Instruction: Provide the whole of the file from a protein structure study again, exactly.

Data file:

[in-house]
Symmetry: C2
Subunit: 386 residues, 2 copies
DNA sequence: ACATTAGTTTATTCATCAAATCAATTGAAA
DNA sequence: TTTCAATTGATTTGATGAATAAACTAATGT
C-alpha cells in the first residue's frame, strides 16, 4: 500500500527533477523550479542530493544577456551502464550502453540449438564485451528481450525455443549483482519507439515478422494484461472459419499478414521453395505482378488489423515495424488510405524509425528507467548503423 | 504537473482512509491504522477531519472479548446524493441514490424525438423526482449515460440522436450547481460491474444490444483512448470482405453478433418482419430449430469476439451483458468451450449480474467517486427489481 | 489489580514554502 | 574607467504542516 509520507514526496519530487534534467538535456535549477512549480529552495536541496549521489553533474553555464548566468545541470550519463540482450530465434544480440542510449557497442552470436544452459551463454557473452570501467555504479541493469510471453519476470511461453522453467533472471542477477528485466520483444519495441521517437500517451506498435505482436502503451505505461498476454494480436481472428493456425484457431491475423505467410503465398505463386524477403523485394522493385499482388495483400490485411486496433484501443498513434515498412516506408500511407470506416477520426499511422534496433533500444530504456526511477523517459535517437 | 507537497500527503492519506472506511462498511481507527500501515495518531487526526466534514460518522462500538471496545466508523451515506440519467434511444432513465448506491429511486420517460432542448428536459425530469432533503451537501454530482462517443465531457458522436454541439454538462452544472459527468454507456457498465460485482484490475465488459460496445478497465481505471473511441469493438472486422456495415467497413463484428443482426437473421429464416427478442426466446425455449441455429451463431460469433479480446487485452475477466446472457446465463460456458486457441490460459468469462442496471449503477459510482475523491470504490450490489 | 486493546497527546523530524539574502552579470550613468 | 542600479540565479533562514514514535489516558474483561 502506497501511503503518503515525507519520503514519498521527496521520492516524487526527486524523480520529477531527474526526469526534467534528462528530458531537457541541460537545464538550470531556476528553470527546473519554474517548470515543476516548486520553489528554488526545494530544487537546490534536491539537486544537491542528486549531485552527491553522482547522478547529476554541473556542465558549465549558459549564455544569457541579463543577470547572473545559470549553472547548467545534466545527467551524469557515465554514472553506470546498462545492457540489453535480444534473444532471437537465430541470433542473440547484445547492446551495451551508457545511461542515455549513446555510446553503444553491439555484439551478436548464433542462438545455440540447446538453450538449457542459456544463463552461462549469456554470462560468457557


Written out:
[in-house]
Symmetry: C2
Subunit: 386 residues, 2 copies
DNA sequence: ACATTAGTTTATTCATCAAATCAATTGAAA
DNA sequence: TTTCAATTGATTTGATGAATAAACTAATGT
C-alpha cells in the first residue's frame, strides 16, 4: 500500500527533477523550479542530493544577456551502464550502453540449438564485451528481450525455443549483482519507439515478422494484461472459419499478414521453395505482378488489423515495424488510405524509425528507467548503423 | 504537473482512509491504522477531519472479548446524493441514490424525438423526482449515460440522436450547481460491474444490444483512448470482405453478433418482419430449430469476439451483458468451450449480474467517486427489481 | 489489580514554502 | 574607467504542516 509520507514526496519530487534534467538535456535549477512549480529552495536541496549521489553533474553555464548566468545541470550519463540482450530465434544480440542510449557497442552470436544452459551463454557473452570501467555504479541493469510471453519476470511461453522453467533472471542477477528485466520483444519495441521517437500517451506498435505482436502503451505505461498476454494480436481472428493456425484457431491475423505467410503465398505463386524477403523485394522493385499482388495483400490485411486496433484501443498513434515498412516506408500511407470506416477520426499511422534496433533500444530504456526511477523517459535517437 | 507537497500527503492519506472506511462498511481507527500501515495518531487526526466534514460518522462500538471496545466508523451515506440519467434511444432513465448506491429511486420517460432542448428536459425530469432533503451537501454530482462517443465531457458522436454541439454538462452544472459527468454507456457498465460485482484490475465488459460496445478497465481505471473511441469493438472486422456495415467497413463484428443482426437473421429464416427478442426466446425455449441455429451463431460469433479480446487485452475477466446472457446465463460456458486457441490460459468469462442496471449503477459510482475523491470504490450490489 | 486493546497527546523530524539574502552579470550613468 | 542600479540565479533562514514514535489516558474483561 502506497501511503503518503515525507519520503514519498521527496521520492516524487526527486524523480520529477531527474526526469526534467534528462528530458531537457541541460537545464538550470531556476528553470527546473519554474517548470515543476516548486520553489528554488526545494530544487537546490534536491539537486544537491542528486549531485552527491553522482547522478547529476554541473556542465558549465549558459549564455544569457541579463543577470547572473545559470549553472547548467545534466545527467551524469557515465554514472553506470546498462545492457540489453535480444534473444532471437537465430541470433542473440547484445547492446551495451551508457545511461542515455549513446555510446553503444553491439555484439551478436548464433542462438545455440540447446538453450538449457542459456544463463552461462549469456554470462560468457557